So they bought the fish just for me to take care of them? *sigh* Or I can steal them, take them home, make 'em nice and happy, and hope the guys don't buy more. I'd rather educate them than be nanny to their ignorance.

I can bring in a test kit and test the water, see how crappy it is.

We all know keeping an aquarium requires regular maintenance, but I'm sure these guys thought that after filling the thing with water, they could just sit back and watch the fish swim back and forth 6 inches. How relaxing.

As far as the heater goes - if the temp is the building is consistent then a cheap non-adjustable 7 watt or so heater would do for those sized tanks. Like this

http://www.marinedepot.com/ps_viewi...hild=HD00927&gclid=CLqHocWxt7QCFQqk4AodTiQAOA

or this:

http://www.petsmart.com/product/ind...ferralID=5b5b8fbc-4f21-11e2-8751-001b2166c2c0
I hope I can convince them to get heaters. One guy was already complaining how the whole setup cost him a whopping $60.

I'd talk to them, drop the idea that a standard 5g tank will have more options for decor/easy plants. In turn the 5g would reduce required maintenance, which may be attractive to them. Maybe print them out a betta care sheet, I remember there being a good one on ultimatebetta.com.

Good luck, the puddle myth has been prevalent for so long, it's hard to convince people otherwise.
The desks the tanks currently are on would probably not support a 5g; it's those fake desks attached to cubicle walls type thing. A care sheet might be helpful. We'll see if they actually care enough to even try to meet the requirements and do some maintenance on their tanks.
 

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If you don't want to become their tank sitter, then I'd simply print out a care instruction sheet, place it on top of the tank, and then forget about it. They're either the type to listen and learn, or they're the type to change nothing. If you don't mind becoming the tank sitter, then you could buy them a couple cheap heaters, and change the water on those days they're not in the office.

The preferred method, of course, is just to talk to them and see what they know, and see if they're willing to learn. Maybe show them some pics of your tank or what you consider to be some nice betta tanks, and let them see the possibilities with their own eyes. Who knows, it could become an office hobby....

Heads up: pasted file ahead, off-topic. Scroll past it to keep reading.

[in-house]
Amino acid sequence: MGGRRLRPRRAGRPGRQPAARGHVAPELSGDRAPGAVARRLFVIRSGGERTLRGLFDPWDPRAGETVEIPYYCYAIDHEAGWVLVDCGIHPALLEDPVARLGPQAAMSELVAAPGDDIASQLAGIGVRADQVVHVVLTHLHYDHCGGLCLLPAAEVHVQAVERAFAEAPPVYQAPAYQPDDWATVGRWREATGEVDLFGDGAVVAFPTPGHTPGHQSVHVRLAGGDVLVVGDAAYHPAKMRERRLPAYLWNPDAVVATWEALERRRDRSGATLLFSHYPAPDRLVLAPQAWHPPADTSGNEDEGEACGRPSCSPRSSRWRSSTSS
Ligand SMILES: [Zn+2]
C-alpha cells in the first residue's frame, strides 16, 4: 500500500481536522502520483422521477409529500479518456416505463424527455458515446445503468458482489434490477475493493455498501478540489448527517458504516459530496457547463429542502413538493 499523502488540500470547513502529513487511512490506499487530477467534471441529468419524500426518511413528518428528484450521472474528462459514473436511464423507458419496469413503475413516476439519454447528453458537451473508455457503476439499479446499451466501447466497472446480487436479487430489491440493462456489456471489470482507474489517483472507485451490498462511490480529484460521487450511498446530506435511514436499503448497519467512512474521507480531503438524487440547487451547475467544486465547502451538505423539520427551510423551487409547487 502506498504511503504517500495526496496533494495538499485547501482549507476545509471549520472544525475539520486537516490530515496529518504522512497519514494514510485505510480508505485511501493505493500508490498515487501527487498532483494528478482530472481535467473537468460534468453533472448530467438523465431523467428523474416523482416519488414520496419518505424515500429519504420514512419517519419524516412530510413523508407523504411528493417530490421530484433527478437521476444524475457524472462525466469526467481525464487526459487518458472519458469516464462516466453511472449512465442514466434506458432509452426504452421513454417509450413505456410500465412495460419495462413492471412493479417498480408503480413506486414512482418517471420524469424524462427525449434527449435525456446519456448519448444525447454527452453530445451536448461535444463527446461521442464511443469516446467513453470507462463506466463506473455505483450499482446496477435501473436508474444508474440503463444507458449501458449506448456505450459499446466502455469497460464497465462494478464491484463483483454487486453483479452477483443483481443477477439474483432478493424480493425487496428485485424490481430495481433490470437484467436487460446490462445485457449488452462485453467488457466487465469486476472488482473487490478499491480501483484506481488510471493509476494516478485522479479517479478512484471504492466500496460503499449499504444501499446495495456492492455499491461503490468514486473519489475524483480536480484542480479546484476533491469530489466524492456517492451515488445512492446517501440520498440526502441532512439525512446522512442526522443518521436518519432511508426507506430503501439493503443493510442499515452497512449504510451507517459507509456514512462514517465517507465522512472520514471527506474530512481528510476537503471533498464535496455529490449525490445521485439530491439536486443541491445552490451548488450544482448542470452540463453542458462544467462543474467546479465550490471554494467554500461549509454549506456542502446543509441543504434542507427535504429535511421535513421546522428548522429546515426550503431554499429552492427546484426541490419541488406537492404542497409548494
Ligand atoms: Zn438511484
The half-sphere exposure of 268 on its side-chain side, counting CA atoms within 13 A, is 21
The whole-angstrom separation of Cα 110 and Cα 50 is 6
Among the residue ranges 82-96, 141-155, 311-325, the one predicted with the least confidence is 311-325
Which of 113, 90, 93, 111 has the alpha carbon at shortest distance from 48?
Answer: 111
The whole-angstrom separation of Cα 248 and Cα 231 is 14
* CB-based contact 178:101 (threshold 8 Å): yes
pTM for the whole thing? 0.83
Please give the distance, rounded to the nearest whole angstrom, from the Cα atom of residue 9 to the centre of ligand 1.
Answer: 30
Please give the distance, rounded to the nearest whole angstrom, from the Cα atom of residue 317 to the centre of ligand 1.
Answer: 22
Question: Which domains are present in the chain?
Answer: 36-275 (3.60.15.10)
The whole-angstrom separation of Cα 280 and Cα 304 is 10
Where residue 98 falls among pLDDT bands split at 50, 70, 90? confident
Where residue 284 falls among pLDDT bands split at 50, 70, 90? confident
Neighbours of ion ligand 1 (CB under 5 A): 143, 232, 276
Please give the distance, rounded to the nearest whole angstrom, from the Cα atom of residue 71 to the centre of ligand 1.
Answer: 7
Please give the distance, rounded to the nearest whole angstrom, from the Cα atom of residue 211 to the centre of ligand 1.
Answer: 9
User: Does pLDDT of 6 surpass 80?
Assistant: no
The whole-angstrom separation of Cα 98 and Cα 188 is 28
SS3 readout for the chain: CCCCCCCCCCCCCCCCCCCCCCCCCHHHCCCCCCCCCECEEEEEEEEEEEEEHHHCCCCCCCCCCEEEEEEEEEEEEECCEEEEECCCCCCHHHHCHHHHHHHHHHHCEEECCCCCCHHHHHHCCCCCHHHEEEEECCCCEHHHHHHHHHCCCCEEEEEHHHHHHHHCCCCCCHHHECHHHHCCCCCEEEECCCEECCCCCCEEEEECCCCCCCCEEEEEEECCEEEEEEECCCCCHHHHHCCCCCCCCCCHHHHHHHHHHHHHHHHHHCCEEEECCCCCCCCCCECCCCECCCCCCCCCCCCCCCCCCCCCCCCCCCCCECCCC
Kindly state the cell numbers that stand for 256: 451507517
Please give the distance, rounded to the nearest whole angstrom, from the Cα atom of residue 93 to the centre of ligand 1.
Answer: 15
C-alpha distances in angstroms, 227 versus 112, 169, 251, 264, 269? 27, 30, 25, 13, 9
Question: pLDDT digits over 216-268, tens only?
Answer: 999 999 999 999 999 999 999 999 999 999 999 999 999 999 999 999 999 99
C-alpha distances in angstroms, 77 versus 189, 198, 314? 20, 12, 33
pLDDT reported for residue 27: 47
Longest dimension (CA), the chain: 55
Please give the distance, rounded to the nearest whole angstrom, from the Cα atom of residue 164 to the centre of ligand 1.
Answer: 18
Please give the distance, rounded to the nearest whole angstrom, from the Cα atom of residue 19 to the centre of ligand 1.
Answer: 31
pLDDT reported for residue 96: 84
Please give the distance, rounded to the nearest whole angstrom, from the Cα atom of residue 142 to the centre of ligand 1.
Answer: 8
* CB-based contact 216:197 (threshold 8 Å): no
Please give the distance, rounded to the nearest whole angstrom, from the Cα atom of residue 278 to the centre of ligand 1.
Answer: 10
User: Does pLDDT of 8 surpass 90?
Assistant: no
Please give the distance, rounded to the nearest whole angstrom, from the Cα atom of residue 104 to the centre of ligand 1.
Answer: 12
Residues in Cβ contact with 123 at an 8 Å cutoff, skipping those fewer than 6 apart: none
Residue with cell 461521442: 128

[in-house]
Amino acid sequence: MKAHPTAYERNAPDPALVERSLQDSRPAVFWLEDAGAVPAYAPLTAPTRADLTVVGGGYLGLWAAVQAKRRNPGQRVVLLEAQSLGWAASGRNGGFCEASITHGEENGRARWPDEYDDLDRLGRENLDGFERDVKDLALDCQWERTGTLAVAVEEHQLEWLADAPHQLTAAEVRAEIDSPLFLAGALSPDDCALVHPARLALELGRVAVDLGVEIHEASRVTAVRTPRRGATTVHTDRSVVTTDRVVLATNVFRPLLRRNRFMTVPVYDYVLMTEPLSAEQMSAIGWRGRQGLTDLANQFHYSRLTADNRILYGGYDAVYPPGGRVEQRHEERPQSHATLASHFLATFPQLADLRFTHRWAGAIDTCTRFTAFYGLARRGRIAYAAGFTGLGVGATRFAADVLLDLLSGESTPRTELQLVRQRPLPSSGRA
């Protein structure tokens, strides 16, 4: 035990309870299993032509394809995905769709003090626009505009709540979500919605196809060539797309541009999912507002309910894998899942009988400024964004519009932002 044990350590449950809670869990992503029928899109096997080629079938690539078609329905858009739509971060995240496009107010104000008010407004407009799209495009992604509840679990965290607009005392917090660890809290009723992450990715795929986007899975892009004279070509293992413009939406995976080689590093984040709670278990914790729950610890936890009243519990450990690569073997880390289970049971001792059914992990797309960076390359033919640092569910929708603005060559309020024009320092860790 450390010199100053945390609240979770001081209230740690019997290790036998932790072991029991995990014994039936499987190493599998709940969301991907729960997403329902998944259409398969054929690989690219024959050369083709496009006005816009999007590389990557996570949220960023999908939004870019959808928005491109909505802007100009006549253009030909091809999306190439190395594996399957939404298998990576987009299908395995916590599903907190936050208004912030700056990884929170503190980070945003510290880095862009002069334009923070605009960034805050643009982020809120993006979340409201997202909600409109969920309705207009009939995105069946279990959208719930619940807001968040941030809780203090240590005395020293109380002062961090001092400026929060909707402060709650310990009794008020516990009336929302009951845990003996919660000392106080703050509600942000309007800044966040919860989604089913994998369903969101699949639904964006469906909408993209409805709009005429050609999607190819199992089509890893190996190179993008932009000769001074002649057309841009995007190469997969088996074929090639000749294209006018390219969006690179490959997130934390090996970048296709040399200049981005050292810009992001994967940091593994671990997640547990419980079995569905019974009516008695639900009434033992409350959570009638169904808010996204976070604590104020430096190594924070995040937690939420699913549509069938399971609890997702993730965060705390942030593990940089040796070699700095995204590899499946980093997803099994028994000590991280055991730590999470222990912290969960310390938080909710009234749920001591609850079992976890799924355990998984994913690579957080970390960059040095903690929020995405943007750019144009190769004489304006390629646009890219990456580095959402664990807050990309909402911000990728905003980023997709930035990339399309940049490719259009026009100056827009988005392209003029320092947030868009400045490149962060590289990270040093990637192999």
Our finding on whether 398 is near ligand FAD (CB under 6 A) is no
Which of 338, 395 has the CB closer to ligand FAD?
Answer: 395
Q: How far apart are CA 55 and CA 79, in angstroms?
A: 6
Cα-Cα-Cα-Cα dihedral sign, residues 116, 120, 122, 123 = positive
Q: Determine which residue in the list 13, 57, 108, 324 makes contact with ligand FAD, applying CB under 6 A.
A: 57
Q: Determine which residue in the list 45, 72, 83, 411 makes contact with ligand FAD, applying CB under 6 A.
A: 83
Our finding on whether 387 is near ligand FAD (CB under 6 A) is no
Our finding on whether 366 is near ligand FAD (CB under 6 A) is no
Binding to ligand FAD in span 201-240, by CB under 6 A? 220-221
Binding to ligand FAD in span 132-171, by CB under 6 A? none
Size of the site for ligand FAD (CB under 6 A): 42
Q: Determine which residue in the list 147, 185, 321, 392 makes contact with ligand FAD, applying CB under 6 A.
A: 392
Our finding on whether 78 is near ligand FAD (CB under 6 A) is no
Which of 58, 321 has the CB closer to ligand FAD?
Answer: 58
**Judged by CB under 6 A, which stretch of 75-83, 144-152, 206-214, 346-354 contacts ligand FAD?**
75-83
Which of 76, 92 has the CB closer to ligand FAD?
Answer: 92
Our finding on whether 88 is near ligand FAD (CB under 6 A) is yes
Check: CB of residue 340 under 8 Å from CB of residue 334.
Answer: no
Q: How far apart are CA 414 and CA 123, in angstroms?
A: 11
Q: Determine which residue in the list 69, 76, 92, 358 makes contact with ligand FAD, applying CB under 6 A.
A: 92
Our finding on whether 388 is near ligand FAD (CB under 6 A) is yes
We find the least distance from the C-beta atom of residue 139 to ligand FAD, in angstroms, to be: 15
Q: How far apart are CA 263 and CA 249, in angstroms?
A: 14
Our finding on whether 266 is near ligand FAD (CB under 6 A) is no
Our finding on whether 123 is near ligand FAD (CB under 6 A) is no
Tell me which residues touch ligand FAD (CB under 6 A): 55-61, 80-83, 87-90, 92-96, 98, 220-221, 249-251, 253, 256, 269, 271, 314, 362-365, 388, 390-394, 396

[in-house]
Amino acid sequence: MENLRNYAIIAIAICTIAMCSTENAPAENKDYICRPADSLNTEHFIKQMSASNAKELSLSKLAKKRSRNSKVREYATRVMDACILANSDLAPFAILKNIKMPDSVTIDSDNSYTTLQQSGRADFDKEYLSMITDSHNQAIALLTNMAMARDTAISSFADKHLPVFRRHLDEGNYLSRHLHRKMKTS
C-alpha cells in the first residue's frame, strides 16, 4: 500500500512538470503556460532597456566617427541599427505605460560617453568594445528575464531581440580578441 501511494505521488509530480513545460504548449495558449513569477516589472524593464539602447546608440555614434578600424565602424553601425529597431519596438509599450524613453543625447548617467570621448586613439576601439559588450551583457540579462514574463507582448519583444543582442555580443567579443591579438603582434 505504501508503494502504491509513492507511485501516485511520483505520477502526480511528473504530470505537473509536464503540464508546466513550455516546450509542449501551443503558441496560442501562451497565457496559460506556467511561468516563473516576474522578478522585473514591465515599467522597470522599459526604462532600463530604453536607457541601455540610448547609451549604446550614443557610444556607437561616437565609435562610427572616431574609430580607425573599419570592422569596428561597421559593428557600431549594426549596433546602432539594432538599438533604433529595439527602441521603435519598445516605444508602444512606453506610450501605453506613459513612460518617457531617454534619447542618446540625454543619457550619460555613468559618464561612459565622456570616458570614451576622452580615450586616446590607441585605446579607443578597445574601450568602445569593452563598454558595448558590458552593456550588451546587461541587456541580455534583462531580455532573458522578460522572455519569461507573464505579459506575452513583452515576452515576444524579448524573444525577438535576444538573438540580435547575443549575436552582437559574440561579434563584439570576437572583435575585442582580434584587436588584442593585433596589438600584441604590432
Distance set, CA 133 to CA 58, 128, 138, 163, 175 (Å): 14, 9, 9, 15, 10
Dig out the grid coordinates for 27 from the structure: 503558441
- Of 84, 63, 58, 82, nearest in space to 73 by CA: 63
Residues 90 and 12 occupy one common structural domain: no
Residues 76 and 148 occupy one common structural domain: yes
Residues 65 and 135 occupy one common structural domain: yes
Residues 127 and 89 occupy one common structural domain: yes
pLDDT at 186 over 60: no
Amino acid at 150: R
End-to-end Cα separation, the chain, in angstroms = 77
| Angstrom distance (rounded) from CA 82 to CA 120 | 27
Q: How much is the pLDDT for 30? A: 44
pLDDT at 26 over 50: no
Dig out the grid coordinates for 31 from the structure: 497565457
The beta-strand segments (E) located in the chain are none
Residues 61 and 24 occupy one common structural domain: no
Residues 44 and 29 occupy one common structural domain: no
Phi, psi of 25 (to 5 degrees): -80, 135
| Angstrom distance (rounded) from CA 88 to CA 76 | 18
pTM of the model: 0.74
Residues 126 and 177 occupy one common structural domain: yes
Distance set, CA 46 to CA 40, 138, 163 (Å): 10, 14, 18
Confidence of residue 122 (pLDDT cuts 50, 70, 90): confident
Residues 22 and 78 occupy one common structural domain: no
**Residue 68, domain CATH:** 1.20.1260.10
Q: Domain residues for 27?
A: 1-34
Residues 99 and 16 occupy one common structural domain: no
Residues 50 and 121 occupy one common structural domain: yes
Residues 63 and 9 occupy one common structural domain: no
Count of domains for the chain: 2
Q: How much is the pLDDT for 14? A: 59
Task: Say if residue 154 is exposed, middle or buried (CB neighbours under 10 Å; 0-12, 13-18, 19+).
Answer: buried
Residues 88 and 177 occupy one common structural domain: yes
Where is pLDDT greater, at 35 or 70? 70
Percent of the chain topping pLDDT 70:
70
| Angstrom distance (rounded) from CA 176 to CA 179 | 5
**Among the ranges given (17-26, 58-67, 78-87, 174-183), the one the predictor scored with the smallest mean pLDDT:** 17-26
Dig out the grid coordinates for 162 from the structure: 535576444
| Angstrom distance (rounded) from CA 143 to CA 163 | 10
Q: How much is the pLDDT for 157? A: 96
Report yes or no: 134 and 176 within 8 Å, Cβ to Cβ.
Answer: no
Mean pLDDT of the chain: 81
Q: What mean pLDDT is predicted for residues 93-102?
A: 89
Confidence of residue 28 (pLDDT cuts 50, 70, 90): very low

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In my opinion, people don't like to read things. Maybe you could approach and say, "Hey, I noticed you have a betta tank. I also keep fish but I've always found it hard to maintain small tanks like these without frequent, regular maintenance." Then maybe you can persuade them to open up and talk about how they're caring for their tanks now and then squeeze in some things they should be doing. You can say something like, "When I had a small tank like this, I did x, y, and z." Then the conversation can be more like sharing instead of lecturing. To address the heater issue: "One problem with small tanks is that the water temperature can change rapidly, which isn't good for fish. I would recommend getting a small heater. I can recommend some brands/types you can easily get." I wouldn't bring in a test kit right off the bat without a conversation first.
 

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First of all cycling is essential and necessary to be done. Filtration should be done quickly, it will start affecting the fish. Proper feeding to be done in a correct way. The lighting part should be taken care of a temperature is a factor.
 

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I can't tell you how many people I've insulted by offering to take their bettas in these conditions. They get offended by my implication that they aren't caring for their fish properly. Which they aren't. But I'm always nice and say I'll check back and if they ever want to find another home I'm available. At the very least you could humanely euthanize the fish rather than watching them die a slow death.

And your caring for the fish isn't fair but it's the humane thing to do for the fish. I know, it sucks.